As part of my part-time life-mission to figure out how to make better conferences, I pose this question:
*What is the point of large conferences having organizing “themes”?*
As a case to consider, this year’s annual meeting of the American Sociological Association has the organizing theme “Social Conflict: Multiple Dimensions and Arenas” (meeting, without a shred of irony, at Caesar’s Palace in Las Vegas, NV). The theme goes like this:
Social conflict is constantly in the headlines, in the breaking news, but also under the surface of social life. Wherever there is change, struggle, or domination, there is conflict. Social conflict involves many dimensions, including not only economic and power struggles, movement dynamics, and violence, but also forms of inequality and domination latent with conflict, and practices which resolve conflict or which divert attention from it. Sociology is the only social science that takes conflict as a major topic, and the only field that throughout its existence has been crucially centered on class, race, and ethnicity. New fields focused on race, ethnicity, gender, and sexuality are also concerned with conflict, but the intellectual driving force in most of these fields is a sociological perspective. There is a reason why sociologists were heavily involved in the rebellious movements of the 1960s and 70s—sociologists are experts at understanding both power and group mobilization. This has continued to be sociology’s special strength.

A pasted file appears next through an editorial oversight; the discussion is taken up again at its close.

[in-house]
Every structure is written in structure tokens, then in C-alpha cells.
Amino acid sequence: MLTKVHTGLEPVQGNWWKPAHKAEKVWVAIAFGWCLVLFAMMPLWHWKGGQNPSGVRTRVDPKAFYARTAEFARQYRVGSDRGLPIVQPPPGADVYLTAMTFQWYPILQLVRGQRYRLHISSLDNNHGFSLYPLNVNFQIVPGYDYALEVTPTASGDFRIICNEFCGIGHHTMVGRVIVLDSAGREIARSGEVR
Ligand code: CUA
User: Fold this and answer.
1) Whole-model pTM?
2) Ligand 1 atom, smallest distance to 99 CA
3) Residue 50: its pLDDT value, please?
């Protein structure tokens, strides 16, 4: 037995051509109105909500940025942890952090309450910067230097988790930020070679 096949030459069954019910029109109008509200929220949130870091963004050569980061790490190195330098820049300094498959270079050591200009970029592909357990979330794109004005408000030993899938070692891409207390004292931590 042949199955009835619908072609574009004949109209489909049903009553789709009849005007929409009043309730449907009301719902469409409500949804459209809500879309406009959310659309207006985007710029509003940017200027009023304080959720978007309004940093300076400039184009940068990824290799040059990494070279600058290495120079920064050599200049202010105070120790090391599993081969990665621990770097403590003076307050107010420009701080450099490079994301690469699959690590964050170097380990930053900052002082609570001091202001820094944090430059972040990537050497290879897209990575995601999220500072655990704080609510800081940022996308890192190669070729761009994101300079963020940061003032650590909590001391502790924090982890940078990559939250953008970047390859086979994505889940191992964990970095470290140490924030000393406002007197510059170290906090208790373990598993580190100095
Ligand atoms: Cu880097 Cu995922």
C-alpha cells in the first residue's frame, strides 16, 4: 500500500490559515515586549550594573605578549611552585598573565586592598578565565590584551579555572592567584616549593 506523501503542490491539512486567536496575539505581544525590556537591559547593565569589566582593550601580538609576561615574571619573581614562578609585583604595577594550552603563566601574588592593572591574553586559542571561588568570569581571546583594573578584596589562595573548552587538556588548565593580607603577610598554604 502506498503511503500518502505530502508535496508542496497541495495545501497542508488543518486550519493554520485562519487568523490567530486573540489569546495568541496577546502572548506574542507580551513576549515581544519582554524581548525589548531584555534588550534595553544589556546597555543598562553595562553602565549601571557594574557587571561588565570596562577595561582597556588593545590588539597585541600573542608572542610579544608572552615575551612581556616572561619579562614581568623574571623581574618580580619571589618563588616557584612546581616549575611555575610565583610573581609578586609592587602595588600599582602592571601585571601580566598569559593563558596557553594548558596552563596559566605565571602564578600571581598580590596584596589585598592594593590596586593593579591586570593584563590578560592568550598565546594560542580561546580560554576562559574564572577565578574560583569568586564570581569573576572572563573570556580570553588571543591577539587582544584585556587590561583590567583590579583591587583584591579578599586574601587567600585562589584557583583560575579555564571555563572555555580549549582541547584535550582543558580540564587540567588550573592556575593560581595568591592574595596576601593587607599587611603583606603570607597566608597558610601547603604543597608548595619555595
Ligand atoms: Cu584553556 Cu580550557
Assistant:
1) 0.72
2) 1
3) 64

Apart from the theme being the clear “pet” of whomever happens to organize such a massive conference, and apart from shaping the plenary talk(s), these themes, in my experience,
(1) fail to shape the broader conference, and
(2) tend to be fairly dated (i.e., so mainstream that they fail to generate much innovation).
So, what is the point of large conferences having organizing “themes”?